NEWS
April 13, 2012
REACTING to the fatal shooting of Trayvon Martin, City Council called yesterday for state lawmakers to repeal Pennsylvania's recently expanded "castle doctrine" law. "We're asking the Legislature to repeal that law because copycats are everywhere, and so they are going to test the theory of whether or not you can be the aggressor based on some trumped-up reason that you think you're threatened," said Councilman Curtis Jones Jr., who introduced the...
NEWS
April 13, 2012 | Inquirer Editorial
The nationwide protests over the senseless shooting of high school student Trayvon Martin by a town-watch volunteer nearly seven weeks ago have been rewarded, finally, with decisive action by Florida authorities. In deciding Wednesday to file second-degree murder charges against George Zimmerman, 28, a special prosecutor all but assured that there will be a greater measure of justice for the family of the 17-year-old Martin, who was killed in a gated community north of Orlando.
NEWS
April 13, 2012 | By Jan Ransom, Daily News Staff Writer
After the fatal shooting of Trayvon Martin at the hands of a neighborhood-watch volunteer, City Council called Thursday for state lawmakers to repeal Pennsylvania's recently expanded "castle doctrine" law. "We're asking the legislature to repeal that law because copycats are everywhere, and so they are going to test the theory of whether or not you can be the aggressor based on some trumped-up reason that you think you're threatened," said Councilman Curtis...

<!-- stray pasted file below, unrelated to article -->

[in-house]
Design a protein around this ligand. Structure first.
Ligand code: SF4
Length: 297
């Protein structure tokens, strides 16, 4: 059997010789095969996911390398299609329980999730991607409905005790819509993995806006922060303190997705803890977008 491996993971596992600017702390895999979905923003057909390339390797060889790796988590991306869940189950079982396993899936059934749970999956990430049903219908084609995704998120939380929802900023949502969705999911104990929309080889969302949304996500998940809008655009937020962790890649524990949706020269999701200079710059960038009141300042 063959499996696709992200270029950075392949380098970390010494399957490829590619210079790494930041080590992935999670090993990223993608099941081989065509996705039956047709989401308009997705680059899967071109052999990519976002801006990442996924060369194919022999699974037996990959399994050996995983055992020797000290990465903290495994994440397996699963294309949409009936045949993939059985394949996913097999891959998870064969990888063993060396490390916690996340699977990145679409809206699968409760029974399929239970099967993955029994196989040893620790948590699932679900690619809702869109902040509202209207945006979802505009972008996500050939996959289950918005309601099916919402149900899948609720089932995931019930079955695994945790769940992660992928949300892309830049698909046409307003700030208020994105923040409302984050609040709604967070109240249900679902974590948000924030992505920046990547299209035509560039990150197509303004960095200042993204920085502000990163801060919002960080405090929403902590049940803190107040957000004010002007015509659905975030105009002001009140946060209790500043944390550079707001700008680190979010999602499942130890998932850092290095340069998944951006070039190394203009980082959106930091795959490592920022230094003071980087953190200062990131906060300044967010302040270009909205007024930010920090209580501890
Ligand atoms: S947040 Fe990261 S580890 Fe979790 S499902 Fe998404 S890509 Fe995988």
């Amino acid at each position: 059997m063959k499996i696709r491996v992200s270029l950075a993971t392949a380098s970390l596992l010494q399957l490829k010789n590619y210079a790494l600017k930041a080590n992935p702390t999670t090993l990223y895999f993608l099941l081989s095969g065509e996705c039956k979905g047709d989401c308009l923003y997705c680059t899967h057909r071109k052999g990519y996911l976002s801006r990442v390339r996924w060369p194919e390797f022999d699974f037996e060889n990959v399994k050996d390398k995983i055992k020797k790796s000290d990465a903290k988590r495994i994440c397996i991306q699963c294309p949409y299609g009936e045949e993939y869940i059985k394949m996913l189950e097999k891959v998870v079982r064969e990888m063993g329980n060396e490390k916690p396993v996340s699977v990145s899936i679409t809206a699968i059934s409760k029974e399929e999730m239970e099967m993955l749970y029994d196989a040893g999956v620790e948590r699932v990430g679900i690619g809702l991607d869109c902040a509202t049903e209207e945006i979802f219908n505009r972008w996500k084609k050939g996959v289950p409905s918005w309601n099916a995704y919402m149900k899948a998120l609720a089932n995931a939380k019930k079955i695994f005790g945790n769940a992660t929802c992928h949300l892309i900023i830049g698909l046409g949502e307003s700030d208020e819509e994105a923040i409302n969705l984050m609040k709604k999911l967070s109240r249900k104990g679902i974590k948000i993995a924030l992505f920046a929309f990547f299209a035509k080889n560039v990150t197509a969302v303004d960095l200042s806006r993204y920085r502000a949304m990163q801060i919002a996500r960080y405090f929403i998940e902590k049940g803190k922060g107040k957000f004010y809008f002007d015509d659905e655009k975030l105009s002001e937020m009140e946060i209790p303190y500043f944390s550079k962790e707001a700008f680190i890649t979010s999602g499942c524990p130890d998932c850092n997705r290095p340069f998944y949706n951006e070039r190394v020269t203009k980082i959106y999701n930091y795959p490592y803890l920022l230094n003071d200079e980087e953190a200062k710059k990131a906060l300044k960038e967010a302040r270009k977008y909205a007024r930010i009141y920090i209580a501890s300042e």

NEWS
April 7, 2012 | Inquirer Editorial
The six weeks since the senseless shooting of Florida teen Trayvon Martin by a town-watch volunteer have only served to intensify the scrutiny of reckless self-defense laws - like one on the books in Pennsylvania - that permit citizens to shoot first if they feel threatened. So it's good to hear that State Rep. Ronald G. Waters (D., Phila.) has issued a call for gun-safety reforms and to "not let Trayvon Martin's death go in vain. " The legal defense that, so far, has shielded George Zimmerman from being arrested for the Feb. 26 death of Martin, after an encounter in a gated central Florida community, is one that could be used in Pennsylvania and nearly two-dozen other states with what's known as "stand your ground" laws.
NEWS
March 28, 2012
NOT TO SHOCK anyone, but is Gov. Corbett, despite falling poll numbers, doing a balanced job of governing at a time of extreme divisiveness? I raise the question after a close look at a recent poll of Corbett's performance in office, and after noting complaints about him from both the left and the right. First, the complaints. The left, if you haven't noticed, rails about what it calls Corbett's draconian cuts in social services and education, especially higher education, and his support of legislation requiring women seeking abortions to undergo ultrasounds.